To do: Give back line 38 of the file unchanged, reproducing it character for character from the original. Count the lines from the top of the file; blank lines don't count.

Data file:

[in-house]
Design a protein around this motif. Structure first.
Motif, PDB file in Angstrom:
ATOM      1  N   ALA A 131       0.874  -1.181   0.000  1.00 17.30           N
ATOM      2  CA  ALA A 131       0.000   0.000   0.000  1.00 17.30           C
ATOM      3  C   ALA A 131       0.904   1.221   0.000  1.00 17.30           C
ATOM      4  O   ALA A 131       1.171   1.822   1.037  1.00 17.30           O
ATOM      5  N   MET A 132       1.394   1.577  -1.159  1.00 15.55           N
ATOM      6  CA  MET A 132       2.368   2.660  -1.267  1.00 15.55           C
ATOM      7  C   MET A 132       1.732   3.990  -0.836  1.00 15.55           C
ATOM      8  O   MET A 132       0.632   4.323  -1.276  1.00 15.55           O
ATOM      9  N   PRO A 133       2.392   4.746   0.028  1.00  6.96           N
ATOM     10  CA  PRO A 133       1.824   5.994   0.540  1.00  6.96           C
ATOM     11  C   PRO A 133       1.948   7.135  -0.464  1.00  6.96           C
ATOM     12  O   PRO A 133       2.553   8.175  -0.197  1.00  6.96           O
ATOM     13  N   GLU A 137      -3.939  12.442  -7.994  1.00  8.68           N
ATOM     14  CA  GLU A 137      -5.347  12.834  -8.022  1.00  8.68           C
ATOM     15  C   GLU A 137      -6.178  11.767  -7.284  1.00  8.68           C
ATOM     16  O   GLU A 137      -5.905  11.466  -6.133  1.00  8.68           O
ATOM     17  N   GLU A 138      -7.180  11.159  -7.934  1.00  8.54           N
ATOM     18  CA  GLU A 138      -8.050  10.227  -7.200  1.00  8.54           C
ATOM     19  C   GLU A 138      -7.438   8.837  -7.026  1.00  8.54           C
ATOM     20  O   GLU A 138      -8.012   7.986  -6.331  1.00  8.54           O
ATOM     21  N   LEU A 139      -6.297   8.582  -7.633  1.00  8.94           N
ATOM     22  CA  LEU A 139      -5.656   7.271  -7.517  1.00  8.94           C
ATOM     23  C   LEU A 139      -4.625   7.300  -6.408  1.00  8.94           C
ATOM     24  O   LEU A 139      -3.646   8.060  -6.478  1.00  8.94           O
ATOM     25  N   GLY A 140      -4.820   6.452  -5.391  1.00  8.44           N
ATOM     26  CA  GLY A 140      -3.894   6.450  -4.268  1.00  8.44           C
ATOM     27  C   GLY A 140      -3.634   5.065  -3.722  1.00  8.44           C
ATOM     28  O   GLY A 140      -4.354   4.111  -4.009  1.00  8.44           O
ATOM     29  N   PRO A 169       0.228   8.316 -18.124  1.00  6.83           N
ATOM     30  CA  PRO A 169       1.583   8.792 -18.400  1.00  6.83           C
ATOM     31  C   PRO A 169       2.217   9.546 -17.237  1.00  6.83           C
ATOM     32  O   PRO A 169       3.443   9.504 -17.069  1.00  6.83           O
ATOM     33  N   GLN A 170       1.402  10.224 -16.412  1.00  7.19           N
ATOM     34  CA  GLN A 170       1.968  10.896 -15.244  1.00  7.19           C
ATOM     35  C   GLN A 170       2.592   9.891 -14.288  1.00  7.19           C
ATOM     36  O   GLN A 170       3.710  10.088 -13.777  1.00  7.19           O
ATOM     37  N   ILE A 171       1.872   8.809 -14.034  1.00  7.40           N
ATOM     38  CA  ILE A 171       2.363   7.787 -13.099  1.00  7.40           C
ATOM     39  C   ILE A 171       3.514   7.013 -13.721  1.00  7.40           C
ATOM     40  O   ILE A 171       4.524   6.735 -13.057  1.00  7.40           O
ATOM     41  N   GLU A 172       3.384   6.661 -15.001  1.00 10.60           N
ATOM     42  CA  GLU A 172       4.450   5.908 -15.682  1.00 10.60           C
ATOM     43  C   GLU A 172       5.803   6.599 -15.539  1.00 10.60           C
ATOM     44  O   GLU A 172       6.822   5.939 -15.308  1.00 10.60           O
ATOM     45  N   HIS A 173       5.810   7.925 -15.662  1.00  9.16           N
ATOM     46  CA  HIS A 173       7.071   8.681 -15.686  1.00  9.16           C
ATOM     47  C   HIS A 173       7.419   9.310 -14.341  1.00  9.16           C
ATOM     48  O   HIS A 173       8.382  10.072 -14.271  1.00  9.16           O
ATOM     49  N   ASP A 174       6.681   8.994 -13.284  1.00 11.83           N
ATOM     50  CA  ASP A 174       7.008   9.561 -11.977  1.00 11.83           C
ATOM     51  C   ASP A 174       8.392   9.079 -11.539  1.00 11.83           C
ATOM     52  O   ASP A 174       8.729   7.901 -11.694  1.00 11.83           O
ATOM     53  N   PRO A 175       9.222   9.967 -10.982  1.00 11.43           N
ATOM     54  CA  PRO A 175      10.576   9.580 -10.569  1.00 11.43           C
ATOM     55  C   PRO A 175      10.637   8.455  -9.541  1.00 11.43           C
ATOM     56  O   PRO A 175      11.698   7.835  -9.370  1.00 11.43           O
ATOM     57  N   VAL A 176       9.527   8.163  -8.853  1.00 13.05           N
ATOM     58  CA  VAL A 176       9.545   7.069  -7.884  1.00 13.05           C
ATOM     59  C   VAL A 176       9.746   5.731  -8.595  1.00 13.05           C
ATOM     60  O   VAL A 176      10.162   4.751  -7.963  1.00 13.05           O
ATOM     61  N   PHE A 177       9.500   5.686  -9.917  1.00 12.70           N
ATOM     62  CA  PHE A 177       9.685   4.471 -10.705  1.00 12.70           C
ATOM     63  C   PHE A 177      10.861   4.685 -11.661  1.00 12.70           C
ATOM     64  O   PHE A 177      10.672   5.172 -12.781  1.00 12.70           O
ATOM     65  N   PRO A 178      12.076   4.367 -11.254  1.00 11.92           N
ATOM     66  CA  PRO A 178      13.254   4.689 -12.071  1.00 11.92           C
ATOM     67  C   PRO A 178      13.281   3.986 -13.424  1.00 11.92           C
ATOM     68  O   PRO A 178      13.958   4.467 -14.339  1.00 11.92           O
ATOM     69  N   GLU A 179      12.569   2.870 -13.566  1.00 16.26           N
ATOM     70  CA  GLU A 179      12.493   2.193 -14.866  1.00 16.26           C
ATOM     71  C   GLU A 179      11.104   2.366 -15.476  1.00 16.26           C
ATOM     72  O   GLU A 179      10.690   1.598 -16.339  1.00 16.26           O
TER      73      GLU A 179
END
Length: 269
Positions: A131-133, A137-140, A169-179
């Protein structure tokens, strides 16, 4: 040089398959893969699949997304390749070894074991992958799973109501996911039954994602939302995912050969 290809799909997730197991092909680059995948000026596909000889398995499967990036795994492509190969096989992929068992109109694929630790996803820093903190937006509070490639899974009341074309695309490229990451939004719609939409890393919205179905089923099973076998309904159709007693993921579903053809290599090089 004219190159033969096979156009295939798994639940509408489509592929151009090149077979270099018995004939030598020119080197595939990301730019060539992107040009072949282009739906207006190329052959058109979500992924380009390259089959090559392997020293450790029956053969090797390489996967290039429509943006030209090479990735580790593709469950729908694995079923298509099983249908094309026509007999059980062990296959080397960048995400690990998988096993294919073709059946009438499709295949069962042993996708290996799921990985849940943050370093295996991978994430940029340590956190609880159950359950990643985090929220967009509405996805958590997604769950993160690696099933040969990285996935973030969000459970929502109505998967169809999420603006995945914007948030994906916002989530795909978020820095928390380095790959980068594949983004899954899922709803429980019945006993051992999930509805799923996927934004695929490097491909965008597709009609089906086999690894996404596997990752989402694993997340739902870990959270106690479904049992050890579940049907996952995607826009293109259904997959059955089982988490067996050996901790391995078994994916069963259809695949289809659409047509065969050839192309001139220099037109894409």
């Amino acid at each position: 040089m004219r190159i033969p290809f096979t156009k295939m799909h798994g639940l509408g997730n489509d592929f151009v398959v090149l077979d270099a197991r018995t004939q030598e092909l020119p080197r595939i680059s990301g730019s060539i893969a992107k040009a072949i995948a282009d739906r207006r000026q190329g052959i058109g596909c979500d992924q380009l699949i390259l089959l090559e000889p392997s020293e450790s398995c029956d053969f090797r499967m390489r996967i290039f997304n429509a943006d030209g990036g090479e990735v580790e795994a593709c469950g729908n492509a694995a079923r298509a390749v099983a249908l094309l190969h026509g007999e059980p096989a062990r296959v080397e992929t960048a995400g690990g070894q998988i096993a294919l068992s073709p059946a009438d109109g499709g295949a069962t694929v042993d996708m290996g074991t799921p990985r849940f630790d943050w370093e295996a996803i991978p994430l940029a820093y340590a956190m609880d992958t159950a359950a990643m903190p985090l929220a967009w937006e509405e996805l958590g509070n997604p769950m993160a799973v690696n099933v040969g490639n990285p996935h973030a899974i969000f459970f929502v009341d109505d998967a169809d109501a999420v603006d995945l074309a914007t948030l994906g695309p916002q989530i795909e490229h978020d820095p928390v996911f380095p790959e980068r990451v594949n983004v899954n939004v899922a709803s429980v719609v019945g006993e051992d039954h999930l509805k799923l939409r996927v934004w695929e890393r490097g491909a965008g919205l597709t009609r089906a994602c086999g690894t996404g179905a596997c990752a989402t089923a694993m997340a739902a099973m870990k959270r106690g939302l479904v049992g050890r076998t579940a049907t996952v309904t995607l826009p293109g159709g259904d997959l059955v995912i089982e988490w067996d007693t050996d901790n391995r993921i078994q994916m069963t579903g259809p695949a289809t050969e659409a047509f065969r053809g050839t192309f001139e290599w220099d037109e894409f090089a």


ATOM     35  C   GLN A 170       2.592   9.891 -14.288  1.00  7.19           C